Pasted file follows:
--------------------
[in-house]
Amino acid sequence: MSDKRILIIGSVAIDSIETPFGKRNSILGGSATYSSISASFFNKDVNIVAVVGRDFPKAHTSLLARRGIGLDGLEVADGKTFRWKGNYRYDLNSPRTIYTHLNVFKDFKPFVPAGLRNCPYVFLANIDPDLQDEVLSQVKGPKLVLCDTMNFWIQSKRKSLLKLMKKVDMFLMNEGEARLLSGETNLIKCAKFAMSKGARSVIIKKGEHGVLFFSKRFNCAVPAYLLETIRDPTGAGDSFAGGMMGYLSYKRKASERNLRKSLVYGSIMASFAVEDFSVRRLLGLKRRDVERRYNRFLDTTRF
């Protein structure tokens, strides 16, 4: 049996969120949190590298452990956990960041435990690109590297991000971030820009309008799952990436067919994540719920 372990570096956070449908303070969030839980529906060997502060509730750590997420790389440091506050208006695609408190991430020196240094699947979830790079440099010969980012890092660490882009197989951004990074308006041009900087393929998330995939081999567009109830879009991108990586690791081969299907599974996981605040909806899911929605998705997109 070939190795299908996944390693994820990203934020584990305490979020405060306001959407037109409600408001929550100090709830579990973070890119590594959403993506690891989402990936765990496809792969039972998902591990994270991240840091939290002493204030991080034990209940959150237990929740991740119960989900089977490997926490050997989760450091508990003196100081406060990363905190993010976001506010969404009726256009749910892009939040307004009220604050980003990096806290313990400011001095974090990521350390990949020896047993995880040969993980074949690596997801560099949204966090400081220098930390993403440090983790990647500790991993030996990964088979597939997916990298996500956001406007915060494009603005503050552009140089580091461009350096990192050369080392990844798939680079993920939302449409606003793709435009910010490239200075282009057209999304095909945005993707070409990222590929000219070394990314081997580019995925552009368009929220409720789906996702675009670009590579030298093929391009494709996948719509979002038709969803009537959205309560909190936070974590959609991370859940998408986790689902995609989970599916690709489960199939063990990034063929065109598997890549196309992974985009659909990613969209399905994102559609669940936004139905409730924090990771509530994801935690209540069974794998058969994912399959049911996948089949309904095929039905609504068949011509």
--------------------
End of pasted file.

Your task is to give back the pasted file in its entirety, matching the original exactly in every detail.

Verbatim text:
[in-house]
Amino acid sequence: MSDKRILIIGSVAIDSIETPFGKRNSILGGSATYSSISASFFNKDVNIVAVVGRDFPKAHTSLLARRGIGLDGLEVADGKTFRWKGNYRYDLNSPRTIYTHLNVFKDFKPFVPAGLRNCPYVFLANIDPDLQDEVLSQVKGPKLVLCDTMNFWIQSKRKSLLKLMKKVDMFLMNEGEARLLSGETNLIKCAKFAMSKGARSVIIKKGEHGVLFFSKRFNCAVPAYLLETIRDPTGAGDSFAGGMMGYLSYKRKASERNLRKSLVYGSIMASFAVEDFSVRRLLGLKRRDVERRYNRFLDTTRF
């Protein structure tokens, strides 16, 4: 049996969120949190590298452990956990960041435990690109590297991000971030820009309008799952990436067919994540719920 372990570096956070449908303070969030839980529906060997502060509730750590997420790389440091506050208006695609408190991430020196240094699947979830790079440099010969980012890092660490882009197989951004990074308006041009900087393929998330995939081999567009109830879009991108990586690791081969299907599974996981605040909806899911929605998705997109 070939190795299908996944390693994820990203934020584990305490979020405060306001959407037109409600408001929550100090709830579990973070890119590594959403993506690891989402990936765990496809792969039972998902591990994270991240840091939290002493204030991080034990209940959150237990929740991740119960989900089977490997926490050997989760450091508990003196100081406060990363905190993010976001506010969404009726256009749910892009939040307004009220604050980003990096806290313990400011001095974090990521350390990949020896047993995880040969993980074949690596997801560099949204966090400081220098930390993403440090983790990647500790991993030996990964088979597939997916990298996500956001406007915060494009603005503050552009140089580091461009350096990192050369080392990844798939680079993920939302449409606003793709435009910010490239200075282009057209999304095909945005993707070409990222590929000219070394990314081997580019995925552009368009929220409720789906996702675009670009590579030298093929391009494709996948719509979002038709969803009537959205309560909190936070974590959609991370859940998408986790689902995609989970599916690709489960199939063990990034063929065109598997890549196309992974985009659909990613969209399905994102559609669940936004139905409730924090990771509530994801935690209540069974794998058969994912399959049911996948089949309904095929039905609504068949011509």